Time for one thing: A cup of tea

The virtues of a cup of tea.

By Dawn MacKeen

Published July 29, 1997 7:00PM (EDT)

My grandmother, Arshalous, came through Ellis Island during the Great Depression with two small children, a husband, no money and no idea where she was going. She left almost everything behind in Turkey except her traditions, including a special one that would sustain her through poverty and the hardships that lay ahead: a cup of tea at least once a day, a dose of tranquillity with a squeeze of lemon and some honey.

Arshalous was one of those people who didn't listen to anybody else. Every afternoon, her loud voice and the guttural pitches of her Armenian echoed through the family's cramped, one-bedroom apartment on 133rd Street and Amsterdam Avenue in Harlem, rhetorically asking, "Thirsty?" Then, without waiting for an answer, she filled the cast-iron pot with water and put it on the stove. When it was boiling rapidly, she threw flowers and dried leaves into the pot and let them steep for 10 minutes. The sweet smell of the herb, called "Oukhlemor" in Armenian, filled the apartment while she sliced lemon wedges and got down the jar of honey. She would then strain the tea into a cup, squeeze in a few drops of lemon juice and let the honey slide off a spoon and curl into the steaming flowered water. And then she would stir, slowly.

It was tea time. "Khume asee oktagare kezee," she would say. Drink this, it's good for you. "What is it called in English?" my mother would ask. Arshalous would throw back her head and mumble in Armenian. What difference did it make?

Years later, my mother would throw back her head when I asked, "Oukhlemor, what is it?" Though it is similar in smell and texture to chamomile, it isn't quite as sweet. The dried leaves of Oukhlemor are dull-green in color, and the tiny buds almost a yellowish ecru. The tea is toffee brown with a rosy undertone.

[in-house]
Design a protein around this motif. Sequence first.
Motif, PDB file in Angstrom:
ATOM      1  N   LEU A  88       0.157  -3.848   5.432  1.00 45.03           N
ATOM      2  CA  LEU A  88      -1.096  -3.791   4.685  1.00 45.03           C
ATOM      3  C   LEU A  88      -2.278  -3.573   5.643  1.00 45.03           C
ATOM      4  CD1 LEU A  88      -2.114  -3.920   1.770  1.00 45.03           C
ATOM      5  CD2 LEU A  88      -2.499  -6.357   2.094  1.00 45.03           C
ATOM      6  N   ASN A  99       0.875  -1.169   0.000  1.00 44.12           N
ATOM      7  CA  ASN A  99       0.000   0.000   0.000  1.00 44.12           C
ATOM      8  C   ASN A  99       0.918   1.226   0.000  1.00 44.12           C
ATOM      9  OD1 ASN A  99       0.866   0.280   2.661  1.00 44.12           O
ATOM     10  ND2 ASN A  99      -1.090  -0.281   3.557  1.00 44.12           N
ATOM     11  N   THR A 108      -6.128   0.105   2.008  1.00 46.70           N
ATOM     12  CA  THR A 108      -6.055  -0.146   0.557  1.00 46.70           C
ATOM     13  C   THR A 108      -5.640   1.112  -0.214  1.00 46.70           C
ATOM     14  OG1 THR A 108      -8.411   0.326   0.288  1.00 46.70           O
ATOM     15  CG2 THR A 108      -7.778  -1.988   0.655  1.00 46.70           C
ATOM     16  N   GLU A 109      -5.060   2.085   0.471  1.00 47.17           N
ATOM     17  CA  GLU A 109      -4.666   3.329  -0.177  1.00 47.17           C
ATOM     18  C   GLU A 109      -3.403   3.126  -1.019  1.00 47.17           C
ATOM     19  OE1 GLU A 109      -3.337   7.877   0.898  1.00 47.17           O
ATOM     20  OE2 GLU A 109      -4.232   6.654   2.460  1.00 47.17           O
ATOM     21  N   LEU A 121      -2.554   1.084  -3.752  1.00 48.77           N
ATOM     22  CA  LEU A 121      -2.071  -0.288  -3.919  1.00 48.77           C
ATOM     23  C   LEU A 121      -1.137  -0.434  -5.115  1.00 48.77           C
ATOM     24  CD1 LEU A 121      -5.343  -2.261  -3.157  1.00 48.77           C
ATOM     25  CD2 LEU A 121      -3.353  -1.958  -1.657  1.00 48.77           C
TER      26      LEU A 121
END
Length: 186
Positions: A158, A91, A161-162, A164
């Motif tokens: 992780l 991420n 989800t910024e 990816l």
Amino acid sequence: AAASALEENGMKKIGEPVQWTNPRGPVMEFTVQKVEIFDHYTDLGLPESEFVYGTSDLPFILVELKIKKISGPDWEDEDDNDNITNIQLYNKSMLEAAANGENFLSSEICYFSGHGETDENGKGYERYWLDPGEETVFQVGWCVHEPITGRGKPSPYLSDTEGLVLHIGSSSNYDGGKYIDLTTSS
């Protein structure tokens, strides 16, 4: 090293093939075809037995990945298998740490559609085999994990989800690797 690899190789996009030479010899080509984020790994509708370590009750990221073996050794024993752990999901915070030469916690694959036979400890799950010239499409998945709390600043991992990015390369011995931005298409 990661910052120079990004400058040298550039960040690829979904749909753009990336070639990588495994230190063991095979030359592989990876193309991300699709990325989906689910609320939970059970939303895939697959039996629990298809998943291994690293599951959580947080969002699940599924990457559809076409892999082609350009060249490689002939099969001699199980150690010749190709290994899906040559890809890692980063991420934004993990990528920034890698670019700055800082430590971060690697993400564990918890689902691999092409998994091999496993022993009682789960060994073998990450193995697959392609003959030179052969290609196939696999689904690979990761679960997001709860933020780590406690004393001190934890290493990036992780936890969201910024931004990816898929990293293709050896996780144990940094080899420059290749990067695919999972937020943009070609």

And it is good for you -- but more as a remedy for the spirit than the body, a sort of comfort in a cup, a liquid security blanket. A transcendental calmness, like a loved one stroking your head. A moment of smelling it and dousing your face in the steam always preludes any taste of it. Then slow sips. No gulps.

My grandmother would always wait for the tea to cool -- but just for a few minutes, not too long. You don't want it to burn your lips, but if it's too cool, it isn't soothing. The only way you can tell when it's ready is by holding it; if it just warms your hands, it's just right. And Oukhlemor always tastes better in the warmth of a light, whether you're sitting by the window, catching the last rays of the afternoon sun or by the evening light of a lamp.

In fact, you must sit down while having a cup of tea, my grandmother would say. You can't have it on the run, like coffee. Although I have heard that coffee actually carries less caffeine than many teas, it is still an on-the-go drink, a boost of energy made to drink while dashing across town. A cup of tea is to be savored, to be cherished over time. A cup of tea can last as long as you need it to.

It was during the Pritikin diet craze in the '80s that my mother finally unearthed the name of this mystery herb. She had read about a tea that was supposedly good for the nerves and hypertension and went to the store to buy it. Into a pot of boiling water she tossed it and as soon as she did, she knew. It was Oukhlemor or, in English, linden flower tea.

Whenever my mother and I are together, we find the time to sit down for a cup of tea. Usually, it is Oukhlemor, but other times it's whatever we can find. What I really savor about what Arshalous passed on to us is not the type of tea but the ritual of having it. I think she really believed that sitting down for just one moment during the day is the best remedy for almost anything.

Dawn MacKeen

Dawn MacKeen is a former senior writer for Salon, and author of a forthcoming book about her grandfather’s survival of the Armenian Genocide, "The Hundred-Year Walk: An Armenian Odyssey" (Houghton Mifflin Harcourt, January 2016).

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